Entertainment behind the scenes
Going some place? Foreign films hop on Oscar’s train
Foreign filmmakers may not pander to Oscar like some of their American counterparts. But early Saturday morning in front of a packed audience that had even some of the actors from the films scrambling to find a seat, the directors of this year’s five nominees talked about what the Oscars can do to gather the momentum to put enough bottoms on seats to gaze at their subtitled works. The first ever foreign language film nomination for Peru, “The Milk of Sorrow,” is still looking for a U.S. distributor, but director Claudia Llosa said the nomination was helping to inject film investment in that country.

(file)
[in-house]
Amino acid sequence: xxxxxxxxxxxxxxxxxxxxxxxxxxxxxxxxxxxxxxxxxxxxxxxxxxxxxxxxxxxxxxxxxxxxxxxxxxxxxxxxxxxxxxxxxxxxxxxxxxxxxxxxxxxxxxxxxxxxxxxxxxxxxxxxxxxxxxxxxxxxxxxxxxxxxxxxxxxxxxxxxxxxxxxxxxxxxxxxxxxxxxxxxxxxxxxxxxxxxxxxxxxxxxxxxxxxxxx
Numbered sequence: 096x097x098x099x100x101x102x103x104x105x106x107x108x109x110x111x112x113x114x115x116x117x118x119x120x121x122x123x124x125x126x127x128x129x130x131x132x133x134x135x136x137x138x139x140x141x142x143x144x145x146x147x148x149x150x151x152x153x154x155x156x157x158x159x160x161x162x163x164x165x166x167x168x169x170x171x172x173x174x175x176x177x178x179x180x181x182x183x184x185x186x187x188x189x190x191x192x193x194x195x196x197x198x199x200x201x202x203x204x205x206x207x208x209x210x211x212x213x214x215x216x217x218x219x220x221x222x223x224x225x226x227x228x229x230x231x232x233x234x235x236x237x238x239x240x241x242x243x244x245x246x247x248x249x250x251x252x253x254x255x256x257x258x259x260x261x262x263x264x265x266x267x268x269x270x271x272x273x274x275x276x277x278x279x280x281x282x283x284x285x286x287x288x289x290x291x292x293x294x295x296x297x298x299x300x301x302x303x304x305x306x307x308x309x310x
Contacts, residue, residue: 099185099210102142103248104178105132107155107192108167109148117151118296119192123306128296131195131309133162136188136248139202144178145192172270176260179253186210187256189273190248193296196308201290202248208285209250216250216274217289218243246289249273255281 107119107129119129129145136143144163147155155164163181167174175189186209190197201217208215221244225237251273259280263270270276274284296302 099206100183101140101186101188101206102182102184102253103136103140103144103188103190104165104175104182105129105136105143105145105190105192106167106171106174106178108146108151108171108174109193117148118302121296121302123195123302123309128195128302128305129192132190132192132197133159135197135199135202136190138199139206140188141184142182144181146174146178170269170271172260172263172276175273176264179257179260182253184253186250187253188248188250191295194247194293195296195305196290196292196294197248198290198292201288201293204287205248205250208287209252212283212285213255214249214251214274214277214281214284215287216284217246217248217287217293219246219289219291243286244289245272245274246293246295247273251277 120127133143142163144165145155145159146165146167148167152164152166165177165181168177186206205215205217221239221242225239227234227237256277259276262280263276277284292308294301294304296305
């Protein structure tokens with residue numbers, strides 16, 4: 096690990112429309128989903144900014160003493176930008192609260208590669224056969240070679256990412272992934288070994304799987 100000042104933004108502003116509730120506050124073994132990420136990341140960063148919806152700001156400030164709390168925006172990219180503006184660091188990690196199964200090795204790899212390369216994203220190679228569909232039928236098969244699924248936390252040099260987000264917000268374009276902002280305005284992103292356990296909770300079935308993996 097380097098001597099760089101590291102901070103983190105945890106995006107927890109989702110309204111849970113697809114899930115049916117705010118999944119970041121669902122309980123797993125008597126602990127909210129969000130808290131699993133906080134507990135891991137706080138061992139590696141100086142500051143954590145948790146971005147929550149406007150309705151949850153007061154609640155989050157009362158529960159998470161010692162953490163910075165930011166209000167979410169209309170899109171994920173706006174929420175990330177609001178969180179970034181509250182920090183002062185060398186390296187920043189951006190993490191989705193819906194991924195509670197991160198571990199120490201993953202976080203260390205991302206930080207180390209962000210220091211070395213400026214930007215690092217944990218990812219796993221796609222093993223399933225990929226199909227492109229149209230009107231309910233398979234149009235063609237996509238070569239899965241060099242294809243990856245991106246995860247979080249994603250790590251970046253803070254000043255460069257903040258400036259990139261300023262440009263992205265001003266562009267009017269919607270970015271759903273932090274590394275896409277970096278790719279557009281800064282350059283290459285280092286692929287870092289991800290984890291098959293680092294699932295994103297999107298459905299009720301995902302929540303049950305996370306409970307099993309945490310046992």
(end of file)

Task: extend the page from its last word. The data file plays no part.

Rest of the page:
Respect at Oscar they get. But American box office? Well, that’s always a slightly more difficult task. Even in regards to Oscar, all the filmmakers said they could not allow themselves to even possibly consider an Academy Award when they began to make their films. As Oscar frontrunner Michael Haneke of “The White Ribbon,” which has swept many of the awards in the past year, put it, “You don’t make films to win prizes, you make films to communicate.”
And clearly from the adoring audience they did. Watch the video above of Israeli director Yaron Shani, whose film “Ajami” took 11 odd years to make from conception, talking outside the screening on Saturday morning about the reception he has received in Hollywood and how the film is still touching people back in his conflicted homeplace .